Japan is poised to take over China in the race to build the country's first deep-sea port in the Bay of Bengal.
The deep-sea port in Bangladesh is literally deemed a footprint of regional power for providing security for shipping in the Indian Ocean.
The port will have a draft of around 18 metres deep more than two to three times that is available in existing ports in Chittagong and Mongla.
Construction of the sea port at Matarbari in Maheskhali Isle on the southeast coast of Bangladesh is set to start by January next year, official sources in Japan International Cooperation Agency (JICA) confirmed.
JICA is already financing Tk 290 billion of the Tk 360 billion project to build a 1,200 megawatt coal-based power plant at Maheshkhali, the country's most expensive power project so far.
The deep sea-port, visualised as a regional hub, will facilitate maritime trade with two provinces of China, seven states of north-eastern India and West Bengal, in addition to Nepal, Bhutan and Myanmar.
Prime Minister Sheikh Hasina is expected to lay the foundation stone of the port in December this year. The first phase will be completed by 2020 in private-public partnerships.
"Some countries, including India and the United States, are against the Chinese involvement," said Planning Minister AHM Mustafa Kamal.
The government in fact was looking for alternative site and decided to have the long-awaited sea port at Matarbari, which is only 25 kilometers away from Sonadia, a Prime Minister's Office (PMO) official said.
He said talks on a China-backed port at Sonadia Island are also underway.
Previously China proposed to build a port about 25 kilometres away at Sonadia Island near Cox's Bazar, but was finally dropped in the high level policy meeting.
The policy-making meeting, presided over by Prime Minister Sheikh Hasina, included the deep-sea port in the list of the government's fast track projects.
The Japanese have ambitious plans. Matarbari port can be "an important trade gateway to the rest of Asia and beyond," JICA President Akihiko Tanaka said in a speech at the University of Dhaka last year.
While a Japanese company in 2009 completed studies for the Bangladesh government for a deep-sea port at Sonadia, Sheikh Hasina initially sought help of China to build it, which she once called the "most dependable and consistent friend of Bangladesh." Since 2012, China has publicly backed the Sonadia project.
If Sonadia fails to materialise, officials suggest China may help develop another port at Payra. When Hasina officially kicked off construction the Payra Port in 2013, the plan was for the port to handle vessels as deep as 10 meters.
The work at Matarbari includes construction of the port and jetties, additional channel, specific places for import and export, road and rail communications, linking with internal river ports, transit area, township, helipad, shelters during disasters and construction of gas and power plants.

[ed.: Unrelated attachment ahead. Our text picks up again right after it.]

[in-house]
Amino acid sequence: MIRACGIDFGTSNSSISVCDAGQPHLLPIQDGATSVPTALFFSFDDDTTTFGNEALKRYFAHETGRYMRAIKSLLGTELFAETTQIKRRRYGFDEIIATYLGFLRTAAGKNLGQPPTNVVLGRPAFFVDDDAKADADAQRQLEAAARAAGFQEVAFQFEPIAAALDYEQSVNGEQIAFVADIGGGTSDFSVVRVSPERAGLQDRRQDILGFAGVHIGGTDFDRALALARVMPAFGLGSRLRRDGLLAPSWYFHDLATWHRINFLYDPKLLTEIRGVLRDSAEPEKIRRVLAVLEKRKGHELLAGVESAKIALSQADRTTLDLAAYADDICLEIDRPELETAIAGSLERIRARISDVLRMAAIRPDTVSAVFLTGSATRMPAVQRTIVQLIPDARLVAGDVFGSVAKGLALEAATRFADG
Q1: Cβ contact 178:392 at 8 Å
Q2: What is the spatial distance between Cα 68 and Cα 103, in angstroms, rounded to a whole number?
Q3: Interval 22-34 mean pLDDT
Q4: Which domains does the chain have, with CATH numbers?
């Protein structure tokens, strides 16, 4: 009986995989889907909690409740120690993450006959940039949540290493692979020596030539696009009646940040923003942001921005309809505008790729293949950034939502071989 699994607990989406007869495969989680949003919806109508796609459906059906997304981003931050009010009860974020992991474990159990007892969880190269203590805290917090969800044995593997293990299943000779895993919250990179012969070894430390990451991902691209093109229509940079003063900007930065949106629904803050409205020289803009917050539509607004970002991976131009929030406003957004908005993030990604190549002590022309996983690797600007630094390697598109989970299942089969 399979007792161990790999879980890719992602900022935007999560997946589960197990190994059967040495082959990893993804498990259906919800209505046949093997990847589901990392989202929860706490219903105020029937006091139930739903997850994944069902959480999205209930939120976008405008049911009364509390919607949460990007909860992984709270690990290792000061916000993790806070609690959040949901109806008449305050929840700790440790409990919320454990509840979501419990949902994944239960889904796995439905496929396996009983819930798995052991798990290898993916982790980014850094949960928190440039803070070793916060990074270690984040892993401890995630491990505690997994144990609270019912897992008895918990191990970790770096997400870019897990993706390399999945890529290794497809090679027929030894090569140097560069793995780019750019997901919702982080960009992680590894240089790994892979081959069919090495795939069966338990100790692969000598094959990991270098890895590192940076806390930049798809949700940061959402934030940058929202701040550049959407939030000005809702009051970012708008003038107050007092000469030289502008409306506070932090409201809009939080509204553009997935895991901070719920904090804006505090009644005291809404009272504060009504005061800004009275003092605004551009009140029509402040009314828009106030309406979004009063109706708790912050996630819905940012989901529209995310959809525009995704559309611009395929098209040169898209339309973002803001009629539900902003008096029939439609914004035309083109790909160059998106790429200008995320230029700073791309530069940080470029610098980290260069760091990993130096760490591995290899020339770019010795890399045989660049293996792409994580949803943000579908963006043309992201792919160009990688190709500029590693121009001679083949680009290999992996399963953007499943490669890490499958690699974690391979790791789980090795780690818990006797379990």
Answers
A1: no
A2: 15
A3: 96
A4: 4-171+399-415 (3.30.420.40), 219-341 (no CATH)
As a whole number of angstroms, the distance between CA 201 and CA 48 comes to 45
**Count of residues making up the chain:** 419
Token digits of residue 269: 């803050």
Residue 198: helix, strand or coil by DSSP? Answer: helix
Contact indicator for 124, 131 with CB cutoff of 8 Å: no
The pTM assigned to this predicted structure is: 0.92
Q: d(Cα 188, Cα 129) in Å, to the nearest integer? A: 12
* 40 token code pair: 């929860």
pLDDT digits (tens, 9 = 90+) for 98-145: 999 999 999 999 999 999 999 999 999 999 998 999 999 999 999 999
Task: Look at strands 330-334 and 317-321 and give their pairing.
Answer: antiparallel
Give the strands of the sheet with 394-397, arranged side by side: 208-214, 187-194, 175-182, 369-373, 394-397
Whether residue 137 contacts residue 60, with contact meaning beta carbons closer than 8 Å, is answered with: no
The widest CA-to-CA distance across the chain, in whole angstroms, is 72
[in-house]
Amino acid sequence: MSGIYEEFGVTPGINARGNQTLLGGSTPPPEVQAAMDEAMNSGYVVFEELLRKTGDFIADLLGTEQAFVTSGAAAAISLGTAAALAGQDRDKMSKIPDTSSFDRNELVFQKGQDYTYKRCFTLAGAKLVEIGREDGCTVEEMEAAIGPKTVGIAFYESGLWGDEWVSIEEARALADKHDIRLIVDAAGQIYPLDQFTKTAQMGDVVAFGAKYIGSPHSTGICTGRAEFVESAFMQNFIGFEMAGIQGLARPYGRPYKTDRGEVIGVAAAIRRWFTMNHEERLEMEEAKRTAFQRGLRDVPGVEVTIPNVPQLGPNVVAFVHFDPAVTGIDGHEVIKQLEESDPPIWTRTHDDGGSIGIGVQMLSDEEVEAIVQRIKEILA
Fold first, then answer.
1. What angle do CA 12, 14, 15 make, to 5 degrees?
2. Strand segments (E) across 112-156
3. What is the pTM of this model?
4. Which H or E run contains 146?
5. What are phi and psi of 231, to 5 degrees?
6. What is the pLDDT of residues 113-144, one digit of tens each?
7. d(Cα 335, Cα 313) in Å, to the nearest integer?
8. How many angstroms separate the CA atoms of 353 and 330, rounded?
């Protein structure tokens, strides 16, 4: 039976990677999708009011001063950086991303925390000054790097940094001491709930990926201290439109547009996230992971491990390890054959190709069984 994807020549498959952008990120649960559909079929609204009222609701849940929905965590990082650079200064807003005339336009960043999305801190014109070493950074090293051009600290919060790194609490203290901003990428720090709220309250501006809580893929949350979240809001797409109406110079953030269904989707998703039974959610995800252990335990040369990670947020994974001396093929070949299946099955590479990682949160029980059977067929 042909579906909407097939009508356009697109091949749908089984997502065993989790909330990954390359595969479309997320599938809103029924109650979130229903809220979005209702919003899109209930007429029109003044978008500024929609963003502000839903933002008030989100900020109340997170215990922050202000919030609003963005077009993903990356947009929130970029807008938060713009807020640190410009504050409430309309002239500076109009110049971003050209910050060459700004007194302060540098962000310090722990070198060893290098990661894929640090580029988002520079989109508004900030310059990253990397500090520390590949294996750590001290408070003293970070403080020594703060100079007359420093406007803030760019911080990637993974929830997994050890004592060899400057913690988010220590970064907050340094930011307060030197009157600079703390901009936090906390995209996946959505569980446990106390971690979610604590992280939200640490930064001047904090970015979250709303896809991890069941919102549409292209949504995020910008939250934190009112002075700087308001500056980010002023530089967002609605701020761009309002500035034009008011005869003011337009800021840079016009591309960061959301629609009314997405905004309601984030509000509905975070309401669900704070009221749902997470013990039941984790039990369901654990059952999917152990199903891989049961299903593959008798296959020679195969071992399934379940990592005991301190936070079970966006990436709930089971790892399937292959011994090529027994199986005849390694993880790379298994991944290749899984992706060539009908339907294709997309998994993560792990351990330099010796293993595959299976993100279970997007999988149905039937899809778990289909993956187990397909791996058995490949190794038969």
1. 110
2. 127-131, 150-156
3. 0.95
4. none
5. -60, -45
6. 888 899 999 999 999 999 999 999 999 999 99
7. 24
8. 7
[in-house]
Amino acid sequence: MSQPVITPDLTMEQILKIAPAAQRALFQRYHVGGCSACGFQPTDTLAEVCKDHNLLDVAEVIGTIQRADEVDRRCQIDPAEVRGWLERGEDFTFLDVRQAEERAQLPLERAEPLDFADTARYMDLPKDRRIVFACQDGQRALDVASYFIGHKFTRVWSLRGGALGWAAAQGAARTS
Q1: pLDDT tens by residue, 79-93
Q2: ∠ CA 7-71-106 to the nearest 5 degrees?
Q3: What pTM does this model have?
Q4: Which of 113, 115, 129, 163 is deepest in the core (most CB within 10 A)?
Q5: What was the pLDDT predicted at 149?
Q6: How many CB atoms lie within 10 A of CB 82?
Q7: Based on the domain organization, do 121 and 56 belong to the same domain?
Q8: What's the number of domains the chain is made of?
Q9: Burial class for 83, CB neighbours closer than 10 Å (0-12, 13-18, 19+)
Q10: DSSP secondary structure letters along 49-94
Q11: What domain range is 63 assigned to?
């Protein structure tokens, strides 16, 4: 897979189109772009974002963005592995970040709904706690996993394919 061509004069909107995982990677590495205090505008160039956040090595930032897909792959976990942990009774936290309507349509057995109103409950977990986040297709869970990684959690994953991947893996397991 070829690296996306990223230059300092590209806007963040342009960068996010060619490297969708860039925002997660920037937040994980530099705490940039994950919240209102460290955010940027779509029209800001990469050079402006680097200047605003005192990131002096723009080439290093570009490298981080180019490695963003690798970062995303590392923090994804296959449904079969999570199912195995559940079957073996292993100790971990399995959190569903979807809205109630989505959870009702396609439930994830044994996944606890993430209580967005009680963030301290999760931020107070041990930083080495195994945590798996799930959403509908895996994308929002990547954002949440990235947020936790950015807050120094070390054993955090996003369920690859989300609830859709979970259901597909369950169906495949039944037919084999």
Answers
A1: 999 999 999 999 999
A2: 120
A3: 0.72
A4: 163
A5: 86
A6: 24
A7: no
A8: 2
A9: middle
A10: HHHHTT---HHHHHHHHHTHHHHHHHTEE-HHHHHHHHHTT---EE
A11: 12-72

Besides, the issues of land acquisition and rehabilitation have been included in the work areas of the seaport.
The sea port is first of its kind planned by the Bangladesh authorities as the existing sea port facility is not capable of handling the increasing export-import containers carrying goods worth of US$55bn annually.
Funds would be raised through bonds and equity from share markets and lending from foreign donors. It is expected that 30 per cent of the expenditure will be met by the Chittagong Port Authority's revenue.
With the construction of the deep sea port, Bangladesh's coast will turn into a top global cargo hub, working as a hinterland for a stretch of a land including southern China, eastern India, landlocked Nepal and Bhutan and part of Myanmar.
The deal would mark a setback for China in South Asia, where it's seeking to establish economic and military ties in a region that carries about 80 per cent of its oil imports. The Bay of Bengal, lies at the heart of an area where China, Japan and India are investing billions of dollars to secure economic gains for decades to come.
MA Mannan, State Minister for Finance and Planning, said there's room for both ports. Matarbari would be used mostly for handling coal imports to supply power plants, while Sonadia would be a "full-fledged deep-sea port," he said.
Both the island where Japan and China are jostling for construction of proposed seaport has been designated an environmentally critical area, another obstacle to building a deep-sea port. Matarbari is a small island of shrimp farms and salt pans. Sonadia - home to mangroves, migratory birds and marine turtles.
For China and Japan, Indian Ocean ports are valuable. Besides carrying most of the world's oil trade, the seas provide access to some of the world's most populous and fastest growing markets.